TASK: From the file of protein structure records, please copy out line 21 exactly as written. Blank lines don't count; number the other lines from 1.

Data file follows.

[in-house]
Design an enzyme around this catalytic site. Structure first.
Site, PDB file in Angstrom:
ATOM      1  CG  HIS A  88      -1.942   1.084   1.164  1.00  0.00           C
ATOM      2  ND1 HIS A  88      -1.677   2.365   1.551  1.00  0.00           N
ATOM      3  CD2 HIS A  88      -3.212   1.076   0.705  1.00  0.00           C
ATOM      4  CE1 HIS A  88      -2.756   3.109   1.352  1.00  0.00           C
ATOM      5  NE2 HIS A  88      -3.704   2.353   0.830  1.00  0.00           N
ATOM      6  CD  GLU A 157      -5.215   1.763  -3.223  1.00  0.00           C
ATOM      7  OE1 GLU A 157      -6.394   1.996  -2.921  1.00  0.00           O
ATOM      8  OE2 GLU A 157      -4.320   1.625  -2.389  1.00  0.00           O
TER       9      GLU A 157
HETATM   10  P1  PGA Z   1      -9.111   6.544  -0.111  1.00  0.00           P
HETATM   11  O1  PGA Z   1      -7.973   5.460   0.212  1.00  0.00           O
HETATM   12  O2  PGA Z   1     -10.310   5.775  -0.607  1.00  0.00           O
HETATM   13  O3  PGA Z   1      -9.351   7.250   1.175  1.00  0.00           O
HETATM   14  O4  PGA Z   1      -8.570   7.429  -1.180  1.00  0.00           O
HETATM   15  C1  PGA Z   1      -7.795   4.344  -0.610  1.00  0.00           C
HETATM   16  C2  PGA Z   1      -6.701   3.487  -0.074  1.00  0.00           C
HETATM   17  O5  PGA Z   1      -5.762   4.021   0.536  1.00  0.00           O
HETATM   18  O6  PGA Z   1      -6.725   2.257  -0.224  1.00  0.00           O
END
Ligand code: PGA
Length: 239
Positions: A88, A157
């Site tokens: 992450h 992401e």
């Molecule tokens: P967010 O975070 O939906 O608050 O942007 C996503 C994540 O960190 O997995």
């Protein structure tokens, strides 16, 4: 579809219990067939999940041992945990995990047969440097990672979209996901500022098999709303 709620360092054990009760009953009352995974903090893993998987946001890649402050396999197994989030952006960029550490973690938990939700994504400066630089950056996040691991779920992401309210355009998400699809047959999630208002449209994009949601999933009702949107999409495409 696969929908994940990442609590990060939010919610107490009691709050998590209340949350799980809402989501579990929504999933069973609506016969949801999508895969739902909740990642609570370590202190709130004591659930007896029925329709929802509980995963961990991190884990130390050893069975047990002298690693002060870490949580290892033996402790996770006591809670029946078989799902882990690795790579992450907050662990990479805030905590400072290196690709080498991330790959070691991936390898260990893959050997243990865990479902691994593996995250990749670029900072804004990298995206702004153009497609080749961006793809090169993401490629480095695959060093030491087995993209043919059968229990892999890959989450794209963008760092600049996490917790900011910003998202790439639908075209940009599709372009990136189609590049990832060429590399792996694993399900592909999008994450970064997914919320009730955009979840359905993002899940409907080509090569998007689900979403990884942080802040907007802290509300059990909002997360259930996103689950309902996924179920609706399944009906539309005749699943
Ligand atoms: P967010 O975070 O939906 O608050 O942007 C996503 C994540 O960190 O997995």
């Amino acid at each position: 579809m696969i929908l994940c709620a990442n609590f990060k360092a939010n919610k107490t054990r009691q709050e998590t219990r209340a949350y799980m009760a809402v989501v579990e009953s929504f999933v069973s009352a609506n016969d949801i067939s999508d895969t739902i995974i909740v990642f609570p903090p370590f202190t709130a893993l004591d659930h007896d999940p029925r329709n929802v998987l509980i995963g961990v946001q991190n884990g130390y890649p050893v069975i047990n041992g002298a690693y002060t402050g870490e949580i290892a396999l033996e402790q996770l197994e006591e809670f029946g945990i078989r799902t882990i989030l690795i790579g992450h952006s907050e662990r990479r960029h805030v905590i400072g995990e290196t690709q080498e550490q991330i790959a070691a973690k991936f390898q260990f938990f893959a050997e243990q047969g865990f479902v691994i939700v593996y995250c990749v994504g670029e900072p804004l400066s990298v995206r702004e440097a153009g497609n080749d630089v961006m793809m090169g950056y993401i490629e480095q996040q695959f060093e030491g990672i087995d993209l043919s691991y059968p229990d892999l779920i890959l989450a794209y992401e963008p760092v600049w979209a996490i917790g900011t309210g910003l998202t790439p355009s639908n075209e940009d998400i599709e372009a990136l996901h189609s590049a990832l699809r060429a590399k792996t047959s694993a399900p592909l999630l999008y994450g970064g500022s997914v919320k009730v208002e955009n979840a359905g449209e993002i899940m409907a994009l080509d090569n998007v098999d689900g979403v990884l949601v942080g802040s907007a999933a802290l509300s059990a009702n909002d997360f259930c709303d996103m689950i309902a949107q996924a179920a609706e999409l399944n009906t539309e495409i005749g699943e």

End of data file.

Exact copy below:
HETATM   18  O6  PGA Z   1      -6.725   2.257  -0.224  1.00  0.00           O